9 Vacations to Help Rebuild Japan’s Disaster Hit Regions
By Lucy Dayman
On May 4, 2018
On a whole, these days tourism in Japan has never looked healthier. At the same time, some of the country’s outlying areas have faced their own set of tourism challenges. Following the March 2011 earthquake and tsunami that ripped apart the Tohoku region, many of the region’s cities faced double devastation, as much of the area’s tourism industry was also heavily affected.
Now — seven years after the Tohoku quake and two years after the Kumamoto temblor — the areas have shown an unbelievable level of resilience, and in terms of tourism plenty of the areas are back in action. However what they need now is an injection of tourism, which is why both areas are well worth exploring on your next Japan adventure.
The sheer accessibility, fascinating cultural diversity and natural beauty, choosing where to travel in Japan can be overwhelming, so why not consider somewhere that will benefit from your visit? From the snow capped mountains, and scenic coastlines of Tohoku up north, to the steaming volcanic hot spring hideouts of Kumamoto down south, there’s so many adventures to be hard, here’s just a taster.
Many of these areas are best accessible by car so if you do have to chance to get an international license or have your license it’s easier to get around, however public transport is still a rather viable option.
1. Sanriku CoastPhoto by Junpei Satoh - Sennin-G
The Sanriku Coast is a stunning untamed rocky coastline, a sprawling shore that stretches over 200 kilometers across the Tohoku region. Touching Aomori, Iwate and Miyagi prefectures facing out onto the Pacific Coast, its natural beauty is impressive in photos but amplified so much more when witnessed in real life.
Off the coast is where you’ll find Tashirojima — aka “Cat Island” — a small rural isle about an hour from Miyagi’s Ishinomaki City. For breathtaking natural beauty you can’t look past the Kitayamazaki coast in Iwate Prefecture. Home to a number of observation decks, it’s the perfect place to view the incredible beauty of Unosu Cliff, five perfectly lined up, 200-meter-high cliffs that look like naturally crafted pieces of sculptural art.
Over its lifetime, this site has faced its fair share of natural challenges but March 11, 2011 was one of the most devastating. During the tsunami, entire towns along the cost were were washed away along with tens of thousands of lives (15,895 confirmed dead as of February 2018), and although it may take a while to rebuild completely, many of the roads connecting many points of interest and tourist spots were rebuilt in just months, making it relatively easily accessible.
Given how big the area is, how to get there really depends on where you want to start and finish. Although many train lines were damaged during the quake, JR East and Sanriku railway lines are now in operation. For those with a license, rental cars are an excellent way to get around. You can pick one up in Sendai and the Sanriku Expressway is probably the most convenient route.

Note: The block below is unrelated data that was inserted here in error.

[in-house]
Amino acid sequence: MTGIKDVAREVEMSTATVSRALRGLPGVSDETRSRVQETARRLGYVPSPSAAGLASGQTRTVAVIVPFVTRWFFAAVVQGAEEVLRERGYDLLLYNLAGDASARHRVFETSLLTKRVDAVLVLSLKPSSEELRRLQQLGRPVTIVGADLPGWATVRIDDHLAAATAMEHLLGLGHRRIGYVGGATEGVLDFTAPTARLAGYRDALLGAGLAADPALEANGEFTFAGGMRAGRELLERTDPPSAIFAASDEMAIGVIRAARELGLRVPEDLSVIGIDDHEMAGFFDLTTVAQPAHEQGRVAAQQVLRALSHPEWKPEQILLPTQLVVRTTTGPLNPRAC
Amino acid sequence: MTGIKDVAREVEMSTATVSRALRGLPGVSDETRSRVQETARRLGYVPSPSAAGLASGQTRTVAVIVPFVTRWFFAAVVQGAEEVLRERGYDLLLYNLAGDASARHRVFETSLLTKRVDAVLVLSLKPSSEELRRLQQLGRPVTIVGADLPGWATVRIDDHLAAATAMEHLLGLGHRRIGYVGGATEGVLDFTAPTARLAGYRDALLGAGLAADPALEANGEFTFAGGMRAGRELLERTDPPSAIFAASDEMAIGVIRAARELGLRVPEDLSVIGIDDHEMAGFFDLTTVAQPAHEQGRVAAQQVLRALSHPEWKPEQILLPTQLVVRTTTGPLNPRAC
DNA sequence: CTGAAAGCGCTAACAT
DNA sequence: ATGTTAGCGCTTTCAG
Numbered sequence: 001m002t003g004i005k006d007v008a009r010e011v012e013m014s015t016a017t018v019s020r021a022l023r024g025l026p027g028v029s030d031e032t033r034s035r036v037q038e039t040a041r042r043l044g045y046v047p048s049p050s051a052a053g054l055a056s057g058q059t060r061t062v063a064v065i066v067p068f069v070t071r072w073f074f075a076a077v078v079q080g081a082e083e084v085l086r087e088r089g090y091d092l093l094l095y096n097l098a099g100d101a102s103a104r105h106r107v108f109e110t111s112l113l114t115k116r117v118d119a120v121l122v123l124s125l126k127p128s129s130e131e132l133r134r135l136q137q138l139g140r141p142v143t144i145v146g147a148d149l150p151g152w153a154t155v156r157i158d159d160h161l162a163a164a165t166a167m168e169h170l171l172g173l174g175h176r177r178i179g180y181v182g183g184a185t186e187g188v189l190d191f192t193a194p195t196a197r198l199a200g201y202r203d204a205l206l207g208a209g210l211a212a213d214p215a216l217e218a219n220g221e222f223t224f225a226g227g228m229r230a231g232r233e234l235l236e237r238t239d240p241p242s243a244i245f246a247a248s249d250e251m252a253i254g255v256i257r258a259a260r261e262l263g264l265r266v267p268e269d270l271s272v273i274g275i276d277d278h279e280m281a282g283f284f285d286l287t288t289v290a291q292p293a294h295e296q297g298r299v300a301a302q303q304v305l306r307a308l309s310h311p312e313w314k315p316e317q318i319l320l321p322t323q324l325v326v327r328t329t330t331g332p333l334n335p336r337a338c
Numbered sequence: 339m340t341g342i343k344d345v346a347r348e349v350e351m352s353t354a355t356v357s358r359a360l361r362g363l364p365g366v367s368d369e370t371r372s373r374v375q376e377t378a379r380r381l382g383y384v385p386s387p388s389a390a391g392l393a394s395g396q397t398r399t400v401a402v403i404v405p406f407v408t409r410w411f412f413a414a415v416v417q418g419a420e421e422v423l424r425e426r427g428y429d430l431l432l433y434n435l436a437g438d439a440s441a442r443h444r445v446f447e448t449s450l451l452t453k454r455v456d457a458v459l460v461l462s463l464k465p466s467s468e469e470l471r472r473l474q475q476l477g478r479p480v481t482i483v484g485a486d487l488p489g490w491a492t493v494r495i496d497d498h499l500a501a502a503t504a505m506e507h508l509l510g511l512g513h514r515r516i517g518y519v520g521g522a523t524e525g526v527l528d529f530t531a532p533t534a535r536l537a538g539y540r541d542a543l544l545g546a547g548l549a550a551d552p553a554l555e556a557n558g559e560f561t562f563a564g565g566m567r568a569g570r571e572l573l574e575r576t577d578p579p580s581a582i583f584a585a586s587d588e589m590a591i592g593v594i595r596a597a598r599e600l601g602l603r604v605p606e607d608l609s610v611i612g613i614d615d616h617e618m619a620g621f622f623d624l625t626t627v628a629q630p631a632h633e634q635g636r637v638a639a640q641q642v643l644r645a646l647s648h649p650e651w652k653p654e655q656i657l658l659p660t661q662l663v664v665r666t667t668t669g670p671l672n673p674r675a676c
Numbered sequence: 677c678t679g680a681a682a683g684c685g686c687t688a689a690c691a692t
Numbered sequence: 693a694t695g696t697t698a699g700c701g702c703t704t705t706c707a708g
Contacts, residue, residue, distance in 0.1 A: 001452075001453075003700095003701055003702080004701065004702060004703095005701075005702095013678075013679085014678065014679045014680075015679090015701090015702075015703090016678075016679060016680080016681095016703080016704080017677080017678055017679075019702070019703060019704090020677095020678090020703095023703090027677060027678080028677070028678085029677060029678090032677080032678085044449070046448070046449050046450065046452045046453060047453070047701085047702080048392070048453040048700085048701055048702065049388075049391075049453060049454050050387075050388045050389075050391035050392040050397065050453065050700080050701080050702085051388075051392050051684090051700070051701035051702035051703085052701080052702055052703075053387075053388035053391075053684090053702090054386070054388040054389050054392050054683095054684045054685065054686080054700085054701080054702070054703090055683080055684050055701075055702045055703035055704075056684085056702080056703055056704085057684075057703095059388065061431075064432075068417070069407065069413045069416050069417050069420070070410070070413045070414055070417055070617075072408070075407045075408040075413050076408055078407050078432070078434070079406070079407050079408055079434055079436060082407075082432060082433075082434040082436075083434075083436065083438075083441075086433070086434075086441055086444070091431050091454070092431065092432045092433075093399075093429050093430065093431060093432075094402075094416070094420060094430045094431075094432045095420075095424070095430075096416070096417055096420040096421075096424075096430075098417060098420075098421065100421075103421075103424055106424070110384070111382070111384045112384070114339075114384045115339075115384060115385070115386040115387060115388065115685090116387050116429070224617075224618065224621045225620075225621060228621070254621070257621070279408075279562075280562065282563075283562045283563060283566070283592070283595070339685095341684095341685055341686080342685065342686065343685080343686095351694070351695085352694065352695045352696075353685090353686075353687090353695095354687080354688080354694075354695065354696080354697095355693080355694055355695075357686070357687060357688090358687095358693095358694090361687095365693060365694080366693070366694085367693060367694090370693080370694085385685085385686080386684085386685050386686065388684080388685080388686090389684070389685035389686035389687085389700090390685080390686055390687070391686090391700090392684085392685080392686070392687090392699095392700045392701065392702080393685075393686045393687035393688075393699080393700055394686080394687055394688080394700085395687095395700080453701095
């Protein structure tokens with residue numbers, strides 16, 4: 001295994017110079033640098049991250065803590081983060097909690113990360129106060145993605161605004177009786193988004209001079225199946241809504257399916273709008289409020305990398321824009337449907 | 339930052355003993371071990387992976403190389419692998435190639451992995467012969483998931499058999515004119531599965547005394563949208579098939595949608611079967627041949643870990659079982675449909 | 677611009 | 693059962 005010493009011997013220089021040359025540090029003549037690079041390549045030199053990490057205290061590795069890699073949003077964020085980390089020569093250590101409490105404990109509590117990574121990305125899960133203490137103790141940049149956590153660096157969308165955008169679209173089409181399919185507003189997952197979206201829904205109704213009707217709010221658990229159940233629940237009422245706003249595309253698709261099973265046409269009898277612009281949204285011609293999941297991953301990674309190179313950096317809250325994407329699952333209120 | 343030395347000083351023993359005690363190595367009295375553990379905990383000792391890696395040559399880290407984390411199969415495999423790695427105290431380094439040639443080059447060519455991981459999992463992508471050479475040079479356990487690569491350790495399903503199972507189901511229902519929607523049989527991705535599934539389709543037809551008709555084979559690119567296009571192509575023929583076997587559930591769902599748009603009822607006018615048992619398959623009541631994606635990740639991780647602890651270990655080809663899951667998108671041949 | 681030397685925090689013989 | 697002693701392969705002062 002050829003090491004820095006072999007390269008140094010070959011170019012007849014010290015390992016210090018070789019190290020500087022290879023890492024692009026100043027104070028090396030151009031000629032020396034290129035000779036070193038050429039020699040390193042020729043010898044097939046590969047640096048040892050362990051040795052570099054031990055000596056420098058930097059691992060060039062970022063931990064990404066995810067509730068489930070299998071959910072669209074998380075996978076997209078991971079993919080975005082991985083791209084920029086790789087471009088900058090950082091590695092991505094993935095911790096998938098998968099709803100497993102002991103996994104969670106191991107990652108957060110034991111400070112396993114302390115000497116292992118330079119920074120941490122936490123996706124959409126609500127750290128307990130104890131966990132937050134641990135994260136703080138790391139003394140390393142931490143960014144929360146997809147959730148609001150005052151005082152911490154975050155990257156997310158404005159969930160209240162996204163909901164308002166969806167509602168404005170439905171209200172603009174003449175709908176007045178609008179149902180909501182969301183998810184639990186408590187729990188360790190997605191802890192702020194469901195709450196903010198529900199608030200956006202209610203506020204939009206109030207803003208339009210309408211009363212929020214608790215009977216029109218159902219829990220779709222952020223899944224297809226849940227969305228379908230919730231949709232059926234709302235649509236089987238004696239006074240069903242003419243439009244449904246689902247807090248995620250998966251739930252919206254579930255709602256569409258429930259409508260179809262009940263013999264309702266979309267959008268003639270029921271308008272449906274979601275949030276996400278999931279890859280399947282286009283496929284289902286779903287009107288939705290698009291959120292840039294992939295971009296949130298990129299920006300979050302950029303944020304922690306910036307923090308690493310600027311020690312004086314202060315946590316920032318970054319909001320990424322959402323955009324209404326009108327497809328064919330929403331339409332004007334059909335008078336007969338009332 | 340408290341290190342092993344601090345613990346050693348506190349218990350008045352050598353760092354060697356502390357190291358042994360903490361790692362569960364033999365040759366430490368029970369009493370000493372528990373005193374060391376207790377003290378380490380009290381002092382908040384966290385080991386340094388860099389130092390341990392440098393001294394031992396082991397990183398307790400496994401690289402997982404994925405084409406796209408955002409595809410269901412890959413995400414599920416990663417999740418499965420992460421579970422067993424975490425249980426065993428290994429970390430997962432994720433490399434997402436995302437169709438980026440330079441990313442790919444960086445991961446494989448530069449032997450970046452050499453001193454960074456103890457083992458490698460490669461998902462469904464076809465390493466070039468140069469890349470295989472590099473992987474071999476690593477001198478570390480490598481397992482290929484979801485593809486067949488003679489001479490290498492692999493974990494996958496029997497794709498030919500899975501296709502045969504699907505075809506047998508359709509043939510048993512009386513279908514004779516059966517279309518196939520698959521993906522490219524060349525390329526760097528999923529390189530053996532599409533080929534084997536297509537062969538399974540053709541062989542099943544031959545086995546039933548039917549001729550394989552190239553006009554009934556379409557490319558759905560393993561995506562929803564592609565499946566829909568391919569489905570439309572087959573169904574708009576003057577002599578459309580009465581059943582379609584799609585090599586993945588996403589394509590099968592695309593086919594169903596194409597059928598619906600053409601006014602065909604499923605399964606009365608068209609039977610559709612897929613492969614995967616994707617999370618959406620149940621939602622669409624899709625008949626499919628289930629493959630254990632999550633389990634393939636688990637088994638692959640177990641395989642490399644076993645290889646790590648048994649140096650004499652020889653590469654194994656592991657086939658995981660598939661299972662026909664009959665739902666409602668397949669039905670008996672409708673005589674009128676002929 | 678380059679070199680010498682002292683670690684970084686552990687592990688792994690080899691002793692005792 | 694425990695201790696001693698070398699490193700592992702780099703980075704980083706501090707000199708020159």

2. RikuzentakataPhoto by Hajime NAKANO
In the southern Iwate Prefecture, along the Sanriku Coast you’ll find Rikuzentakata one of the areas hardest hit by the events of March 2011. Although a majority of the city was swept away, it’s a fascinating place to visit as the city has been rebuilt on a preventative raised platform. In 2014, the area utilized a type of massive-scale conveyor belt system that carried rock from the Kesen River to the center of the town.Photo by Jacob Ehnmark
Known as the miracle pine, a 200-year-old, 27-meter-tall tree that managed to survive the tsunami became a proud symbol of the town’s resilience. It died 18 months after the events due to salt toxicity, however it’s since been preserved as an iconic sign of strength and pride. The tree stands tall now in its original position overlooking the coast.
The best way to get to the city is is to catch a bus from Sendai station to Rikuzentakata, the trip takes around three-and-a-half hours.
For one of the ultimate sightseeing experiences — and one of the best places to really embrace your budding inner nature photographer — is Matsushima Bay. Located around half an hour from Sendai it’s considered one of Japan’s most incredible natural spots. The bay is home to a cluster of around 260 pine-covered islands large and small scattered along the water.
One tip is to visit during dawn when the sky is sun-dyed almost psychedelic tinges of purple and orange. You can explore by sightseeing cruise, too.
Thanks to its positioning along the coast, the bay managed to dodge any major natural damage following the 2011 earthquake and many of the stores, restaurants and other tourist-centric destinations were able to reopen quickly. However, ever since the quakes, the area has been struggling to recapture its tourist market. According to news reports, in 2016 the area was just hitting 80 percent of the pre-tsunami level which is a let down considering the rest of the country has seen a massive influx in the tourism levels in the years following the disaster.
One of the best ways to get to Matsushima is to catch the Senseki line from Sendai before getting off at Shiogama and then the cruise boat to Matsushima.
If it’s sake and samurai you’re after, consider a visit to Aizu-Wakamatsu, a historic, mountain-flanked destination in Fukushima. Based around Tsuruga Castle, this castle town is famous for crafting some of the most incredible nihonshu (Japanese rice wine) in Japan, plenty of which comes from the iconic Suehiro Sake Brewery. Founded in the mid-1800s the brewery has been perfecting its blend through eight generations of sake masters.